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>From: Nathan Straz <email@example.com>
>Date: 2002-06-21 17:10:59
>[Download message RAW]
>On Fri, Jun 21, 2002 at 05:55:55PM +0100, Luis Pedro de Moura Ribeiro
>Pinto wrote:> I was asked (i'm a company freshman) to perform some
>tests between> kernel versions 2.2 and 2.4, and after awhile
>searching i found a good> set of benchmarking tools (aim7) from
One needs to first determine what is required to be tested. That
implies understanding the conditions that to be tested, the realted
metric information known to affect the test conditions, and what
metric and criteria information is needed to evaluate the results.
Blinding testing no matter how good the tool may or may not be is
inappropriate. One first needs to determine what are the evaluation
criteria, then find the tools and/or create the tests to match the
criteria to be evaluated. "Good" is a relative term. What is good,
excellent or inappropriate for one test case may be quite different
>Benchmarks are evil. Sure they are useful at times, but for the most
>part they get misused. IMHO, aim7 is outdated. The I/O it does it
The statement that benchmarks are "evil" is meaningless. I will grant
you that many people have no idea and/or have no understand of what a
"benchmark" test is testing, the scope of its test or what the
implications of the results man mean. So what happens is benchmarks
are often abused, translation - misunderstood. Benchmarks are useful,
and most useful, if proper care in determining the necessary
conditions that need to be tested are in fact matched to what the
benchmark will be testing, their assumptions and what is not tested or
mutually exclusive to the conditions of the test are.
>very small for today's systems. It's like poking the system with
>hundreds of needles. You have no idea how the system will react to a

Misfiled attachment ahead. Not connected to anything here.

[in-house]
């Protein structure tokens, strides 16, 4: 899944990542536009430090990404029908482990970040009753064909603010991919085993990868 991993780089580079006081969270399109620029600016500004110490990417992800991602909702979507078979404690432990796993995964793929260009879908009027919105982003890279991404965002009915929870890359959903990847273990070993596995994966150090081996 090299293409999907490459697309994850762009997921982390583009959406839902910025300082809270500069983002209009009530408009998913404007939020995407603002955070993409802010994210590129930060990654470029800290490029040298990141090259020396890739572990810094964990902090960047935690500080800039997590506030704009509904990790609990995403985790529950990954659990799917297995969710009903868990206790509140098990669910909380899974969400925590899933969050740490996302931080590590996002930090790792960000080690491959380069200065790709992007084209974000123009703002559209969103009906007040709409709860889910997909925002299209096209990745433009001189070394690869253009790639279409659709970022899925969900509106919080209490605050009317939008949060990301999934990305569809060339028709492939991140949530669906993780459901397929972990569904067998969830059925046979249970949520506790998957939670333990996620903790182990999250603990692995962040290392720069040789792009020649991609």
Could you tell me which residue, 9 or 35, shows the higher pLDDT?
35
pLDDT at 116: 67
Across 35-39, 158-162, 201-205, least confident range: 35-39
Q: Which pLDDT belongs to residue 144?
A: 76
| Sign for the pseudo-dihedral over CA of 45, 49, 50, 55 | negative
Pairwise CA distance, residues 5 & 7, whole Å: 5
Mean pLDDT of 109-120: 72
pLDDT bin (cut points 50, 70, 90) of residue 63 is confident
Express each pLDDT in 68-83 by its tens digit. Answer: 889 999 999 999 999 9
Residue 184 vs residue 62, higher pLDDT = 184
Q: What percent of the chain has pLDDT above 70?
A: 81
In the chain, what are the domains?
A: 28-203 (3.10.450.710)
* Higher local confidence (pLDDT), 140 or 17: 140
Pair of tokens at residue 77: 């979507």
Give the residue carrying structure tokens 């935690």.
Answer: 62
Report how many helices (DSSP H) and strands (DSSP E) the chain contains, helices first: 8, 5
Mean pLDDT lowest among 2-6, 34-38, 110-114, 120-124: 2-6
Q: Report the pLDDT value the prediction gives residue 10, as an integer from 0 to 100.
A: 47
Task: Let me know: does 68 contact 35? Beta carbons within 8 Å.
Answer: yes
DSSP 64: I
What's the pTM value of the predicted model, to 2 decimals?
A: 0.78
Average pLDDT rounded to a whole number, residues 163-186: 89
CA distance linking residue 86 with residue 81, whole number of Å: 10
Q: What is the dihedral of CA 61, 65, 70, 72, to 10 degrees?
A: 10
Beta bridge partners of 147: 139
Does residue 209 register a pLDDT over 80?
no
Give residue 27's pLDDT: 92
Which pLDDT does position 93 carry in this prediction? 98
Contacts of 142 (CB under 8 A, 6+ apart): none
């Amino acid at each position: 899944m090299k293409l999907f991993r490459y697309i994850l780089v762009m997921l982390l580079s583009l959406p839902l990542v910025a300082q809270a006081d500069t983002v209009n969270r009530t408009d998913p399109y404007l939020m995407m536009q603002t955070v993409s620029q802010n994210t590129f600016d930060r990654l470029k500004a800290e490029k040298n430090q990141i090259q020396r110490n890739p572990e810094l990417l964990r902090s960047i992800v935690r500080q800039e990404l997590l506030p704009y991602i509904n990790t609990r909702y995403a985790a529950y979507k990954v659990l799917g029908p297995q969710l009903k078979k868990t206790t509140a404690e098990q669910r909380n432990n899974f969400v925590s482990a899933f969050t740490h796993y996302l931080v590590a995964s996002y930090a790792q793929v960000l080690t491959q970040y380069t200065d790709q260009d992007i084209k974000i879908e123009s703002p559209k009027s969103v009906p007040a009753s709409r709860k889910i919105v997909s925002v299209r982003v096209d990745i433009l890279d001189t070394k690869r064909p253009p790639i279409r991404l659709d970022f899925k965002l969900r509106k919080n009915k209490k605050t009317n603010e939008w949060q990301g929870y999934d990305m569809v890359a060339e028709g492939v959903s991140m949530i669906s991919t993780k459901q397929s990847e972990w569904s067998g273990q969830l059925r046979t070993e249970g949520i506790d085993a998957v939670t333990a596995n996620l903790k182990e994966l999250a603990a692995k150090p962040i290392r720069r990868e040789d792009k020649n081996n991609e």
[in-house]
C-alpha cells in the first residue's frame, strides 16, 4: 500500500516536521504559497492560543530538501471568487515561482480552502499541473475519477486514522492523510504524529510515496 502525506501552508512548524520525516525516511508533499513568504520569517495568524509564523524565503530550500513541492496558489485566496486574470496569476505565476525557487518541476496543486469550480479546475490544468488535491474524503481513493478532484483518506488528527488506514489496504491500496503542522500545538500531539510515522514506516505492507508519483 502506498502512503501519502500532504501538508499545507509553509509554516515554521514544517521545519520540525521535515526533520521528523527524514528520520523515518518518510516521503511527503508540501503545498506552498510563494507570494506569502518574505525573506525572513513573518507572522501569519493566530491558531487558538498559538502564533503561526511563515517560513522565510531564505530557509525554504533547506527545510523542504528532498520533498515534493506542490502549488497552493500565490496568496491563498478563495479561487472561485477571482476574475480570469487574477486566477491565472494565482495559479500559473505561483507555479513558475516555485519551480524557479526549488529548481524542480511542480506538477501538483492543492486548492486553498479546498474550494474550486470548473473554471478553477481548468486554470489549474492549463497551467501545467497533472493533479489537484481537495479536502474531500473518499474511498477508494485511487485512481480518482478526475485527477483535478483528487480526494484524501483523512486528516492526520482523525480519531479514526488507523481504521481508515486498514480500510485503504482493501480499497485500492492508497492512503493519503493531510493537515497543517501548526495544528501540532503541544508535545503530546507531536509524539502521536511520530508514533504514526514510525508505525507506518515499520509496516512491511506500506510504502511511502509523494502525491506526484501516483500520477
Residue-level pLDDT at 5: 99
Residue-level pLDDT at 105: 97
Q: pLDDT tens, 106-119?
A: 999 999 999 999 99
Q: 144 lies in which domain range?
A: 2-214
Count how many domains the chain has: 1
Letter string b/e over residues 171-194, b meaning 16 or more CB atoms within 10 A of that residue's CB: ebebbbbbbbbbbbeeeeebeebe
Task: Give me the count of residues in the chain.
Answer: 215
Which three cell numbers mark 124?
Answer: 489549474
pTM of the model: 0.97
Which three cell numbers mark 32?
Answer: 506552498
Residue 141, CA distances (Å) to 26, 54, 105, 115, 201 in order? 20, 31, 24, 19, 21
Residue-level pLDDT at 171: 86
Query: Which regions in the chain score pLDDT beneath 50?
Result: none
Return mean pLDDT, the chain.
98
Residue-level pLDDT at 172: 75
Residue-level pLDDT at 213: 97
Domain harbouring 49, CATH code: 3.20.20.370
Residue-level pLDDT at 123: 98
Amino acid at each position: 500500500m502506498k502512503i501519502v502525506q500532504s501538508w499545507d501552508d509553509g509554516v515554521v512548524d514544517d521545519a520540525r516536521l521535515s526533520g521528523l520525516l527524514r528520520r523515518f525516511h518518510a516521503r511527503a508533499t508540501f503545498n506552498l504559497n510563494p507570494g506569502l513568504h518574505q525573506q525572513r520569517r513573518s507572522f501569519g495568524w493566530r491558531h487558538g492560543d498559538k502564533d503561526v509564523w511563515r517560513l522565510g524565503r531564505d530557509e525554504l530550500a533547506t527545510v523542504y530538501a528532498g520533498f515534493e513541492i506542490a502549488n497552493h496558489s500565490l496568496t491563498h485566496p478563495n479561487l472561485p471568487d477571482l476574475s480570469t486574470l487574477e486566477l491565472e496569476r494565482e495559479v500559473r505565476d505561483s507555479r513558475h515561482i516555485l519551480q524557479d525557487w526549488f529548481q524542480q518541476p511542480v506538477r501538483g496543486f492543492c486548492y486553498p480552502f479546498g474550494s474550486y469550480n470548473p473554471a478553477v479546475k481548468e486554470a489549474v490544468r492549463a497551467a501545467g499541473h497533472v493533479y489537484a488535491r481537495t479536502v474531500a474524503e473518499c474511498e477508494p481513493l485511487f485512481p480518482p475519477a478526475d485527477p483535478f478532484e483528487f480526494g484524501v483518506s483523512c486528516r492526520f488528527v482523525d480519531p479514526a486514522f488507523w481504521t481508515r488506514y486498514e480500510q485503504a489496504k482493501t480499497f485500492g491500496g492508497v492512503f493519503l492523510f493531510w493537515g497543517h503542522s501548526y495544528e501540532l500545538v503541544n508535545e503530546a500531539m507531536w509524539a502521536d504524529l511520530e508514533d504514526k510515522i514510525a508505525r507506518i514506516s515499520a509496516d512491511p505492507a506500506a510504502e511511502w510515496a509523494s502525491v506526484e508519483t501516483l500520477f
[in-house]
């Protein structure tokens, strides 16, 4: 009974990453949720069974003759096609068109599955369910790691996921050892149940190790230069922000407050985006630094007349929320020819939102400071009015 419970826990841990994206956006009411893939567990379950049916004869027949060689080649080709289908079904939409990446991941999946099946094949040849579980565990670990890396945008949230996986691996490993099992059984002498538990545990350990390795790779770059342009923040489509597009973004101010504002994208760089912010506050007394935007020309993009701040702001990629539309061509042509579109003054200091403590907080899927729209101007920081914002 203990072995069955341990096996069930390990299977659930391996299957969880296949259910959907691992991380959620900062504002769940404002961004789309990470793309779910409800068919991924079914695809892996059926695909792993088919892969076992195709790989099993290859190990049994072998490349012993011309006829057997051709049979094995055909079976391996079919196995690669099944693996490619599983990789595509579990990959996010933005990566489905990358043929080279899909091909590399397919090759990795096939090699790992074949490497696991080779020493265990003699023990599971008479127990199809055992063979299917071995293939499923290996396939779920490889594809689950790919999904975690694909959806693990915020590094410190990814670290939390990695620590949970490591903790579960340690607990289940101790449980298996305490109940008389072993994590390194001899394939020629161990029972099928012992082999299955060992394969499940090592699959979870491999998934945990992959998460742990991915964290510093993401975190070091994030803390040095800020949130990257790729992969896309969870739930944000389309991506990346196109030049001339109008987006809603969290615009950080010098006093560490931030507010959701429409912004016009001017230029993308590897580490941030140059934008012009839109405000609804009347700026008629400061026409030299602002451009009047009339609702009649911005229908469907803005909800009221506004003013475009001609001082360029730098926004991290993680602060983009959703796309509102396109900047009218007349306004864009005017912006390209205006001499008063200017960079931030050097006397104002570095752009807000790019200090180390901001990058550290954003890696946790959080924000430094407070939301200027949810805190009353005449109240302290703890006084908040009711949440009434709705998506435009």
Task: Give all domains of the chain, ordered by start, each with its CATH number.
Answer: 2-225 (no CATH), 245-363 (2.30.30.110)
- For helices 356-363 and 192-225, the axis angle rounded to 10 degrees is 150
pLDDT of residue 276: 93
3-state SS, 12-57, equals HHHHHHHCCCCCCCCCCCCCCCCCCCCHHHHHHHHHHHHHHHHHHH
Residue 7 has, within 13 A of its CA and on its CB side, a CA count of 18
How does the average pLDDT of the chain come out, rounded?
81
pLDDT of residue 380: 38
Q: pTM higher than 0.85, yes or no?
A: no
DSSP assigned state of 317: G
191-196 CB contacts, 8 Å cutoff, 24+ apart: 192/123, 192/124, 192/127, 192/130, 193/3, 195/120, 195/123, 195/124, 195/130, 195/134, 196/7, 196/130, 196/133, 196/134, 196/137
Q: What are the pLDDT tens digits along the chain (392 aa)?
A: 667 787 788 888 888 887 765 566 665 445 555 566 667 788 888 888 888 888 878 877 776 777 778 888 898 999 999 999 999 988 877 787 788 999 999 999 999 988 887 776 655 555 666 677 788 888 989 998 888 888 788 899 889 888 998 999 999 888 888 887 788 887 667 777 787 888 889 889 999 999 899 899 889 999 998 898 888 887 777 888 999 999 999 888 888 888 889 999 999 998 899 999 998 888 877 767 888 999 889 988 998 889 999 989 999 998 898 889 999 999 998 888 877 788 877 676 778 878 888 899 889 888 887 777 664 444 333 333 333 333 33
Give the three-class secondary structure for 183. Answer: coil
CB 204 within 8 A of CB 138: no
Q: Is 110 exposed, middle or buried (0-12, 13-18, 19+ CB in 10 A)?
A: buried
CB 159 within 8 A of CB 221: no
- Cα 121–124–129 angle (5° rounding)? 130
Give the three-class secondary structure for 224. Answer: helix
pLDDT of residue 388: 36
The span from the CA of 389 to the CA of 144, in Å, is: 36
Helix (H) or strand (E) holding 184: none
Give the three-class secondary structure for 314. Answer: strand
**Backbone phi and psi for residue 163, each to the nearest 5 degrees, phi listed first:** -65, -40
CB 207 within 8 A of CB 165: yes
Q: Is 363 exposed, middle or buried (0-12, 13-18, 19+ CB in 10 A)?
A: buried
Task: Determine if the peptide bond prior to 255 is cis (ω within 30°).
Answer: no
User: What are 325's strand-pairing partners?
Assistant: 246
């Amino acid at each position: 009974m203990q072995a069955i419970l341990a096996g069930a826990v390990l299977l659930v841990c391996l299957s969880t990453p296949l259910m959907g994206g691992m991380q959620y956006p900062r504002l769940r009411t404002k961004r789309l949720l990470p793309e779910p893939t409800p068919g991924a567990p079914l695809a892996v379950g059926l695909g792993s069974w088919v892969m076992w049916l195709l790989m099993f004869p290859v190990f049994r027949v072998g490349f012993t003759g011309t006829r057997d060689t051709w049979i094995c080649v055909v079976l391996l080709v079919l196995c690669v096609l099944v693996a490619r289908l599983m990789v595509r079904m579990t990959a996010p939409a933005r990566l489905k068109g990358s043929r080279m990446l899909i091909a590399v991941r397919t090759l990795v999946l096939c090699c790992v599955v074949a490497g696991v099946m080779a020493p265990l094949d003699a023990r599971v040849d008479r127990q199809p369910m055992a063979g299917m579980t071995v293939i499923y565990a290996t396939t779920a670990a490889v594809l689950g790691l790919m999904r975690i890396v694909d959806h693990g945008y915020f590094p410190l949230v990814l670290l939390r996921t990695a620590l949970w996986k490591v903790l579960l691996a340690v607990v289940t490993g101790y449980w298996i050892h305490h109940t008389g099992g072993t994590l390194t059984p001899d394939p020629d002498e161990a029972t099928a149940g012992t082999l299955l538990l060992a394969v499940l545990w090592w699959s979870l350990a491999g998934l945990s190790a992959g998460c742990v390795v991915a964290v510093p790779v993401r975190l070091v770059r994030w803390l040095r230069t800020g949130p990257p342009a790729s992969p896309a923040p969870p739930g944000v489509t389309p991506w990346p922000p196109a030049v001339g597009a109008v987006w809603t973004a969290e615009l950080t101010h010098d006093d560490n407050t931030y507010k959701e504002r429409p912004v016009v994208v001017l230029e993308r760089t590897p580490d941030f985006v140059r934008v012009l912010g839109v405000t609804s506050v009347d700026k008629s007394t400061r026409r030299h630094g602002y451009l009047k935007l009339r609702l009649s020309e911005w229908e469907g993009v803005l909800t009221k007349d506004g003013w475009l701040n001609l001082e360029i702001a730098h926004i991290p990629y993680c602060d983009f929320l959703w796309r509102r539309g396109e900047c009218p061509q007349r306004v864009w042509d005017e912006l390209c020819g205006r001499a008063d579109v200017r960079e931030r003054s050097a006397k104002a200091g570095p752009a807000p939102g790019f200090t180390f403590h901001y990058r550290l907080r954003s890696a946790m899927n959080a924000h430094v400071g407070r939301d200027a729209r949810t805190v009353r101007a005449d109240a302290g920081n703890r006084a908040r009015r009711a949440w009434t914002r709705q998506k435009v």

>golf club, baseball bat, sledgehammer or a wet noodle. Sure, some
Such a test is valid for what it is testing. There are two questions
this point begs. One was the test conducted reflective of what the
user will be doing? No point testing a 747's ability to go to the
moon if that is not what you will use the 747 for! Second, such a
test condition has value. The value is not only in what the test may
indicate on actual behavioural results. There are test cases that
perhaps may not be as "real" world in general sense, but the nature of
the test can focus so well on isolated elements. Such a narrow focus
helps in finding what may indicate a problem that otherwise has eluded
more "real" world type testing.
>people really like it and swear by it. Benchmarking is better done
>with an application set in mind and best done with the application
The problem with the term "benchmarking" is depending on the user it
can mean one of a variety of things, such as:
* "test" drive to prove concept
* system stress evaluation
* system performance evaluation
* duty cycle stability
The lines between stress, performance and duty cycle testing can be
very grey at times even for the fully aware. They tend to have very
common elements in how these types of tests are conducted.
If an "application set" of behaviour exists, then test cases and
programs can be created to simulate such behaviour in many instances.
The advantage of the test case and test programs is they are made in
such a way to control the variables to be tested. A "real" world
application has a number of conditions it is using and that generally
cannot be controlled, even loosely controlled, most of time. Using
real world applications has a use, but is not a replacement for
determining the necessary test conditions and how to effect those test
conditions. Testing is about controlling the variables such that the
objective of the test can be executed and evaluated as objectively as
>> Are there better way to perform the test besides using benchmark
>tools> like this?
>Run the applications you really care about. There is also a good set
>of benchmarks, including application specific ones at
If "Benchmarks are evil" then why are you now suggesting any
benchmarks? Understand the point you made that benchmarks often get
missused. I will give no argument on that latter missuse point. I
just hope the benchmarks suggest are more prone to proper use than the
What is key and core to the original company freshman effort is
tofirst research and determine what are the key patterns and
conditions of the system that need to be evaluated. Then see if there
are existing tools that do the tests or can be easly changed to do so
use those. Any test conditons and metric information that cannot be
found that is part of the exit criteria of a test will then need to be
created from scratch.
>firstname.lastname@example.org sgi, inc
>http://www.sgi.com/ Linux Test Project
John L. Males
Software I.Q. Consulting
21 June 2002 18:58
According to Steve McConnell in:
After the Gold Rush: Creating a True Profession of
About 50% of the current software engineering body of knowledge
is stable and will still be relevant 30 years from now.
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